[alt.sys.unisys] swap space

adam@cs.UAlberta.CA (Michel Adam; Gov't of NWT) (06/16/91)

In article <1991Jun14.225216.23361@cfctech.cfc.com> kevin@cfctech.cfc.com (Kevin Darcy) writes:
>In article <1991Jun13.192444.7500@ucunix.san.uc.edu> adams@ucunix.san.uc.edu (J. Adams - SunOS Wizard) writes:
>>In article <1991Jun13.122803.25362@ims.alaska.edu> floyd@ims.alaska.edu
>>(Floyd Davidson) writes:
>>>In article <1991Jun13.065207.10089@ucunix.san.uc.edu>
>>>adams@ucunix.san.uc.edu (J. Adams - SunOS Wizard) writes: 
>>System V rel. 2.1 and later and 4.1BSD and later adopted different
>>philosophies regarding the implementation of demand-paged virtual
>>memory.  The BSD systems, being research-oriented and likely to be used
>>by programmers with a more intimate knowledge of the inner workings of
>>the O/S, chose simple, less elegant approaches to memory management with
>>provisions, such as the vfork() call, for the programmer to tune the
>>system to the application.  In 4.xBSD, swap space is allocated at the
>>birth of a process, with enough space being allocated to contain the
>>entire virtual image of the process in its initial state
>>(text+data+BSS), excepting of course malloc'd (heap) space obtained

[ ... ]

>Although I'm no kernel hacker, I will point out, from a sysadmin's point-of-
>view (with advice from the higher levels of AT&T support/development people)
>that later SysV implementations still retain vestiges of the old virtual 
>memory scheme you describe: on an AT&T 3B2/600 running r3, for instance, the 
>kernel always attempts to map two -entire- sets of -contiguous- pages in the 
>swap area for every process upon startup, whenever sbrk() is called for more 
>memory, and so on. One of these sets is for paging, and the other, for 
>swapping. If, for some reason, there is not enough contiguous space available 
>to allocate one of these sets, the kernel spits out a "getcpages: cannot 
>allocate X contiguous pages" console message (X being some-number-or-other).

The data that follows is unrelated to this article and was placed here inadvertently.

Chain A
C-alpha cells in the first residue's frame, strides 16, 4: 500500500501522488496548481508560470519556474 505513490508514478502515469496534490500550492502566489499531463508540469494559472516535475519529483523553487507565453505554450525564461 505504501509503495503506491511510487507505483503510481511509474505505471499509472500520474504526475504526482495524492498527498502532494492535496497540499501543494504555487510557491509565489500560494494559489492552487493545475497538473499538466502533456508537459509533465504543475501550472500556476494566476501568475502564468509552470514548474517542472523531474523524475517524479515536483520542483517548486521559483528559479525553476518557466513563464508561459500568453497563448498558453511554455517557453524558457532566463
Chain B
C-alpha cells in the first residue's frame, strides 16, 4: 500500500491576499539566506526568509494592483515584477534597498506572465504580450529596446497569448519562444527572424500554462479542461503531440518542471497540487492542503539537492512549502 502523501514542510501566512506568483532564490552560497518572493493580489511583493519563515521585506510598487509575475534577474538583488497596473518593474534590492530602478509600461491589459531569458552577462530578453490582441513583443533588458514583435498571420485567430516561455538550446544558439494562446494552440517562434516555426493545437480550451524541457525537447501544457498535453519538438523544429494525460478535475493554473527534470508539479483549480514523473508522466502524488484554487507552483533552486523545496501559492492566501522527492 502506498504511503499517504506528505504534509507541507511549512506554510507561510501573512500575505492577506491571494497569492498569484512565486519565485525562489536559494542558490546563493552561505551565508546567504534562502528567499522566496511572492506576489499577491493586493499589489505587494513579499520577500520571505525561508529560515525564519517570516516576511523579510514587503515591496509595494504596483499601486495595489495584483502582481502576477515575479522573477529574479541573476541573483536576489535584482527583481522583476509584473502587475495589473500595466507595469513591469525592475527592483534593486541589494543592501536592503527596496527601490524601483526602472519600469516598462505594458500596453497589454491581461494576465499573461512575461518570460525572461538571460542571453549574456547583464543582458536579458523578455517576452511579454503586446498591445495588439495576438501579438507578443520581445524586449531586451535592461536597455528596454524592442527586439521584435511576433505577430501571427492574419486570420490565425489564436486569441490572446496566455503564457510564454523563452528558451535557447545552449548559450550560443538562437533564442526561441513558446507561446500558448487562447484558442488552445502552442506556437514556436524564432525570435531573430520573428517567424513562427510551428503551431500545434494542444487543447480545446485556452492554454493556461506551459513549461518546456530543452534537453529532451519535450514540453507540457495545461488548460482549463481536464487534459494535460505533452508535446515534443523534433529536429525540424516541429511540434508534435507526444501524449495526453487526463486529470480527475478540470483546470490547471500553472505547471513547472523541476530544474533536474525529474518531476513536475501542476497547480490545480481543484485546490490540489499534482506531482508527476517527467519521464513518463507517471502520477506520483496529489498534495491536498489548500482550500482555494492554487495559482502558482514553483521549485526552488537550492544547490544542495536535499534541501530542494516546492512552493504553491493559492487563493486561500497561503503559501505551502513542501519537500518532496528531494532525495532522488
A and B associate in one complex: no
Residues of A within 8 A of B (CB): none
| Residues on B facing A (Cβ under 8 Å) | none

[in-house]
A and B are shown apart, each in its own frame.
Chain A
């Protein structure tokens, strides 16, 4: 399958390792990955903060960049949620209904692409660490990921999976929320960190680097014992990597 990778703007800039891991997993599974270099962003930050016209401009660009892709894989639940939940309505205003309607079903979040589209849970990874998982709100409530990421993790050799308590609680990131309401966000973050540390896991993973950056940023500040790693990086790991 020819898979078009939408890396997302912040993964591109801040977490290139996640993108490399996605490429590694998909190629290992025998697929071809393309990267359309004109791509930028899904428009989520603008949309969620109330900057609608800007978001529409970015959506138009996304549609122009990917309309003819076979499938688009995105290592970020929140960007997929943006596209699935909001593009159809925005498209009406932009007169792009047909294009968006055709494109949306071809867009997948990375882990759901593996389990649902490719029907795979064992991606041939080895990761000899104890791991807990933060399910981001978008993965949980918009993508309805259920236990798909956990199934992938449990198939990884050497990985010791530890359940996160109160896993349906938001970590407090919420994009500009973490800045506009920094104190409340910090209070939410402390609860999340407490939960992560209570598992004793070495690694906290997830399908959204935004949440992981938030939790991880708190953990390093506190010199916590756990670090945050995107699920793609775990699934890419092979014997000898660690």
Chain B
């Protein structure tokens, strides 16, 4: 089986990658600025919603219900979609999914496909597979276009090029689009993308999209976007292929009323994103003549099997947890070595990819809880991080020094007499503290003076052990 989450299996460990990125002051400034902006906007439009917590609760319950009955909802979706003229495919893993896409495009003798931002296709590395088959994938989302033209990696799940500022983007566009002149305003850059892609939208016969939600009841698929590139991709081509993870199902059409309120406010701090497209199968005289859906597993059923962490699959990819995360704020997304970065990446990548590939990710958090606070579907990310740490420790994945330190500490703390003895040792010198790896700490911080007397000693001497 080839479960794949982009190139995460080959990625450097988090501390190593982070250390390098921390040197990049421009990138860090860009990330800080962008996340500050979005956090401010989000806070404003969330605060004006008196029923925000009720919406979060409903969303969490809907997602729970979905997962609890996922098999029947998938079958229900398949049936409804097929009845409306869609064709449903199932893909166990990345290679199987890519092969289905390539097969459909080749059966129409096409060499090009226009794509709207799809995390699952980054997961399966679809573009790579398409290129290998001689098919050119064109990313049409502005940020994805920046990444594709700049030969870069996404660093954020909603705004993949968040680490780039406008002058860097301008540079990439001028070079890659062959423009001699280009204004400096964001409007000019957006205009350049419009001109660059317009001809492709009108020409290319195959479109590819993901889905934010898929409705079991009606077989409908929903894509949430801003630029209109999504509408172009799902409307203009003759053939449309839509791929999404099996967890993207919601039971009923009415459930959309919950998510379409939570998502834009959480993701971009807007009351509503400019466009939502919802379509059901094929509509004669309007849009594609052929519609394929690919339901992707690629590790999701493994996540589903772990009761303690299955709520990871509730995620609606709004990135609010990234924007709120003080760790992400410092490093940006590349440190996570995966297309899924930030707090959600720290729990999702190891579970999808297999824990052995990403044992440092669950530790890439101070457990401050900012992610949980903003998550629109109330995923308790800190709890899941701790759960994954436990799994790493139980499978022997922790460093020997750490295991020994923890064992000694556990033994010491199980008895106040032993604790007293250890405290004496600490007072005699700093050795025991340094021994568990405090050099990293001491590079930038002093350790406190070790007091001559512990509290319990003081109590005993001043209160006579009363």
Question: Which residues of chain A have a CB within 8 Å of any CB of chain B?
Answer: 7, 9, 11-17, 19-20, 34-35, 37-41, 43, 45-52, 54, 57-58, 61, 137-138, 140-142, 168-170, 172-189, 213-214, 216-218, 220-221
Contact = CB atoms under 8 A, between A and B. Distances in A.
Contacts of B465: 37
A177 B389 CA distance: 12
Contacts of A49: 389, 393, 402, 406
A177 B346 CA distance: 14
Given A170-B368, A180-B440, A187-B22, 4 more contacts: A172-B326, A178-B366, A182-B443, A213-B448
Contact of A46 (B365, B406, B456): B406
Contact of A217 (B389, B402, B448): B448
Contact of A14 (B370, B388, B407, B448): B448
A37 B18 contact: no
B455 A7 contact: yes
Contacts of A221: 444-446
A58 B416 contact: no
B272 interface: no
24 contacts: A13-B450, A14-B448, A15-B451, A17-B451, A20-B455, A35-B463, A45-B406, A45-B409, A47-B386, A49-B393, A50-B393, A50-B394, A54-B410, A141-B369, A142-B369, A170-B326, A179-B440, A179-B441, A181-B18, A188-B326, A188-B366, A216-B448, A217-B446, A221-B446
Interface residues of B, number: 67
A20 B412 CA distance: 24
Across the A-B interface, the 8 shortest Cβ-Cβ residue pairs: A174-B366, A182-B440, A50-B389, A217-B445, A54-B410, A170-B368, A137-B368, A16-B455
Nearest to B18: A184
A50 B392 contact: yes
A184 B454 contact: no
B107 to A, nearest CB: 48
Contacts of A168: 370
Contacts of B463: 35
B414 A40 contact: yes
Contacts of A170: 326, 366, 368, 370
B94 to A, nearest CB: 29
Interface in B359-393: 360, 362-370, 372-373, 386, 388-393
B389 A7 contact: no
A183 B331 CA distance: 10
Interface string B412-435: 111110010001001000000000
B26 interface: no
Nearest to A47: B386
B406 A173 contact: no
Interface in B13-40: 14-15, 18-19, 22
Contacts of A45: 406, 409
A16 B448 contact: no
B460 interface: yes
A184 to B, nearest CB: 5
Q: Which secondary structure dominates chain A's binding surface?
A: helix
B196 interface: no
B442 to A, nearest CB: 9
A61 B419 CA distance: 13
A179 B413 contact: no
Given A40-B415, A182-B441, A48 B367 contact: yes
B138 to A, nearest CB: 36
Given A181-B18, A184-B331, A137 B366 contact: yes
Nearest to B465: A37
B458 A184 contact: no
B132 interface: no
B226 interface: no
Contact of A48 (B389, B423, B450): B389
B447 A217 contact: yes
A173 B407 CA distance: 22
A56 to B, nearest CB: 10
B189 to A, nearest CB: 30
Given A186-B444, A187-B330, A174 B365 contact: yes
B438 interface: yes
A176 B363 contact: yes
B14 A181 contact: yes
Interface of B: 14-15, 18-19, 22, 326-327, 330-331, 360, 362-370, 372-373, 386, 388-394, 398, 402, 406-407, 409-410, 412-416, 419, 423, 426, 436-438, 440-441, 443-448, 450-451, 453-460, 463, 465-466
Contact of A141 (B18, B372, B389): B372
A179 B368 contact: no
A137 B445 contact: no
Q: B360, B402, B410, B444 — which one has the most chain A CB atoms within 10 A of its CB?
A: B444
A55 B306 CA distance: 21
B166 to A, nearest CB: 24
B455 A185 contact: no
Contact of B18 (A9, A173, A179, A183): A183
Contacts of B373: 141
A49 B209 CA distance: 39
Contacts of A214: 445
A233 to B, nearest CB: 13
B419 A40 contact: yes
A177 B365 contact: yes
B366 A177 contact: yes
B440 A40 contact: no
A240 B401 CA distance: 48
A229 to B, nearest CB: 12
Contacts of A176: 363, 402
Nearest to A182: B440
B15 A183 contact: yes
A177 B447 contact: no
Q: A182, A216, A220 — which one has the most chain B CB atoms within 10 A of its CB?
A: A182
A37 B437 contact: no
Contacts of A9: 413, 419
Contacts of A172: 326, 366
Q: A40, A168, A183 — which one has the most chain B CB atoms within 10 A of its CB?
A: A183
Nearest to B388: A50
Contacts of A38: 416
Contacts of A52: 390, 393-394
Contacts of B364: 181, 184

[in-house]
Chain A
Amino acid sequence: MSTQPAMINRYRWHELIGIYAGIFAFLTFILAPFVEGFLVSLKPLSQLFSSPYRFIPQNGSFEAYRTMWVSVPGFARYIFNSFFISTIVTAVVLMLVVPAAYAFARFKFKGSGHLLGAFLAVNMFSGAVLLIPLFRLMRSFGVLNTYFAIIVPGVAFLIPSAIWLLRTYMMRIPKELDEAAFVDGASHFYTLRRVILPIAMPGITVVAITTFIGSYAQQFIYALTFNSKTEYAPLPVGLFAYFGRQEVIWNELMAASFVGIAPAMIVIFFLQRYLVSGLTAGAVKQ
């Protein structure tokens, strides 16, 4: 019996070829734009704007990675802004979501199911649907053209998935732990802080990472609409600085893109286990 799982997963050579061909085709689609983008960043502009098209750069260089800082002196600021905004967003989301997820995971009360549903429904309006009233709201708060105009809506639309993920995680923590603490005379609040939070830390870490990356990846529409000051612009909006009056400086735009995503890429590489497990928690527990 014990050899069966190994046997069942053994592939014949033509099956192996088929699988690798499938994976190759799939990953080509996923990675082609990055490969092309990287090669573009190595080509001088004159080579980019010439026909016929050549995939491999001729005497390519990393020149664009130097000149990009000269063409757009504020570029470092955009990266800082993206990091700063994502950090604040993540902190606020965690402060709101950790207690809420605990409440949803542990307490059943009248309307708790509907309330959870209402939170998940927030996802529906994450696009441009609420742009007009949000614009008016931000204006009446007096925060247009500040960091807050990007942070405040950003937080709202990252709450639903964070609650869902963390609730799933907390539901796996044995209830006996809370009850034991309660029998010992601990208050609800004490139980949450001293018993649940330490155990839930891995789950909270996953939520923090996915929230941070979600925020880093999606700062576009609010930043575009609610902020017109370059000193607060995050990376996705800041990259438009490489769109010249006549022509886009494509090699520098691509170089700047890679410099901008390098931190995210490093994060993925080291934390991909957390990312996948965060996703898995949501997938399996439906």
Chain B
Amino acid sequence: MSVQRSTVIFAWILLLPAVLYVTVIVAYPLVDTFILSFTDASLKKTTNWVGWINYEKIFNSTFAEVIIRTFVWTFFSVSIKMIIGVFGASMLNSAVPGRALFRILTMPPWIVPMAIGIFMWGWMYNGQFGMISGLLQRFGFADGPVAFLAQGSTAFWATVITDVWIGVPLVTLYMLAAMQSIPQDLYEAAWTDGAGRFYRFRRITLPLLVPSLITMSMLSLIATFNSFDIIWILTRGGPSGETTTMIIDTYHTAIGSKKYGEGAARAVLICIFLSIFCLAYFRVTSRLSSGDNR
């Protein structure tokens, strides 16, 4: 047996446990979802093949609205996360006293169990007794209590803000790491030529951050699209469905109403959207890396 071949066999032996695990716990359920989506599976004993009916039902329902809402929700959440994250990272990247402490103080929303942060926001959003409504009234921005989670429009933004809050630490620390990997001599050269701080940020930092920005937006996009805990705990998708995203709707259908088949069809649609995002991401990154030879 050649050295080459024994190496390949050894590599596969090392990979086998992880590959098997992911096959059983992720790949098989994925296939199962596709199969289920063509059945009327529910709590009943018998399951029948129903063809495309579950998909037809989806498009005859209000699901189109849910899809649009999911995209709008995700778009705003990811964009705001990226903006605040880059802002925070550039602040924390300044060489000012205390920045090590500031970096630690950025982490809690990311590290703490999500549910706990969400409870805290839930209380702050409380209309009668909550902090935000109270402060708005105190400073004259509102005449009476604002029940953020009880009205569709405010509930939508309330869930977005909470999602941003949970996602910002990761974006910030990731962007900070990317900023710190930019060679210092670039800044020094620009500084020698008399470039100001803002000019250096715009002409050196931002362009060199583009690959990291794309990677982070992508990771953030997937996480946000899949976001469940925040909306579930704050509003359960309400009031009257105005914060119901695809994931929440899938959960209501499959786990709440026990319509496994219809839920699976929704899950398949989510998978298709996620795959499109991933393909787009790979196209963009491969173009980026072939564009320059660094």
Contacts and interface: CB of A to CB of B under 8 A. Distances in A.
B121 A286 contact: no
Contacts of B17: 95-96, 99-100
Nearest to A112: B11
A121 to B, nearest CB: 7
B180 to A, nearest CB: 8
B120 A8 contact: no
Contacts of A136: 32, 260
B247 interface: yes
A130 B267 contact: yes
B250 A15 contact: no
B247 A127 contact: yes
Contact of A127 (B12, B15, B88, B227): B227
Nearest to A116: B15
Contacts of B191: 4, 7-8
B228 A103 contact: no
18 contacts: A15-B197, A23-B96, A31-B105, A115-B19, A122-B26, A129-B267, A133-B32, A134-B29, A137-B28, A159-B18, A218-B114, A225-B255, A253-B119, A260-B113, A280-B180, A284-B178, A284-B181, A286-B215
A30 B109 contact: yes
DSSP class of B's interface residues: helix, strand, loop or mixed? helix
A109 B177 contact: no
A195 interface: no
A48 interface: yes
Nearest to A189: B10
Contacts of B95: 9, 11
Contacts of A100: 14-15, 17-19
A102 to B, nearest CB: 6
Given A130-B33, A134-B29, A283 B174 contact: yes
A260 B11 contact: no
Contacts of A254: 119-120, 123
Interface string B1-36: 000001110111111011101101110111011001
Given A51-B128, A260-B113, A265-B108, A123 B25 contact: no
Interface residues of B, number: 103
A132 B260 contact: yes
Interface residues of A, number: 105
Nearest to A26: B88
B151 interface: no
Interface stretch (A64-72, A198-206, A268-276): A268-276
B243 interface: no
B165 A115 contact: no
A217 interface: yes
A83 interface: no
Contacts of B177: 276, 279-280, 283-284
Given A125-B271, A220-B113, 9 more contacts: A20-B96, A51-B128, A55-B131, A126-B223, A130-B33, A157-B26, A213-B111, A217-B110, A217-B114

>If there is insufficient contiguous space to map EITHER page, new processes 
>will die on startup, or ungrowable processes will (usually) seg violate, with 
>all of this mayhem accompanied by delightful kernel messages such as "growreg: 
>unable to allocate ...", or "dupreg: unable to allocate..." or "uballoc: 
><something-or-other>" spewing on the console.
>The algorithm for mapping this swap space is unknown to me, but it appears to 
>be imperfect - from time to time, one of our 3B2's or another will suddenly 
>experience these symptoms for no particular reason, and plenty of available 
>swap space. Once it starts, even programs with relatively small run-time 
>images (e.g. /bin/cat) will then die on startup, with the kernel complaining 
>that it cannot allocate swap-area space. Obviously, the only cure at that 
>point is to reboot...
>Perhaps AT&T has been slow in -implementing- the VM "elegance" of which you 
>speak? I see very little of it on their own products.

I seem to remember a discussion on this subject, 6 to 12 months ago, on the
problems with insufficient RAM available on the AT&T 386 machines, (must have
been a SYS V Ver. 3.something). One comment that struck my mind at that time
was that for some reason, there was a recommendation to have as much real RAM
as the swap partition's size ( I may be mistaken on that ...), to avoid some
kind of trashing. There was an explicit reference to the implementation
by Convergent, for the 7300, being somewhat different and managing to avoid
this problem. There where numerous references to the Bach book, but I don't
remember if the difference between the CT version for the 3B1 and the other
versions running on 386 machine was described.

Can someone who archived these articles look up the conclusion? What was it
that CT did differently in their implementation?

(Can someone with access to the kernel source find out?)


>>       Jim Adams              Department of Physiology and Biophysics
>>adams@ucunix.san.uc.edu     University of Cincinnati College of Medicine      
>>      "I like the symbol visually, plus it will confuse people." 
>>                                       ... Jim Morrison
>kevin@cfctech.cfc.com 		  | Kevin Darcy, Unix Systems Administrator
>...sharkey!cfctech!kevin 	  | Technical Services (CFC)
>Voice: (313) 759-7140 		  | Chrysler Corporation
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Michel Adam

adam@cs.ualberta.ca   (...!alberta!adam)


adam@iceman.UUCP   (...!alberta!iceman!adam)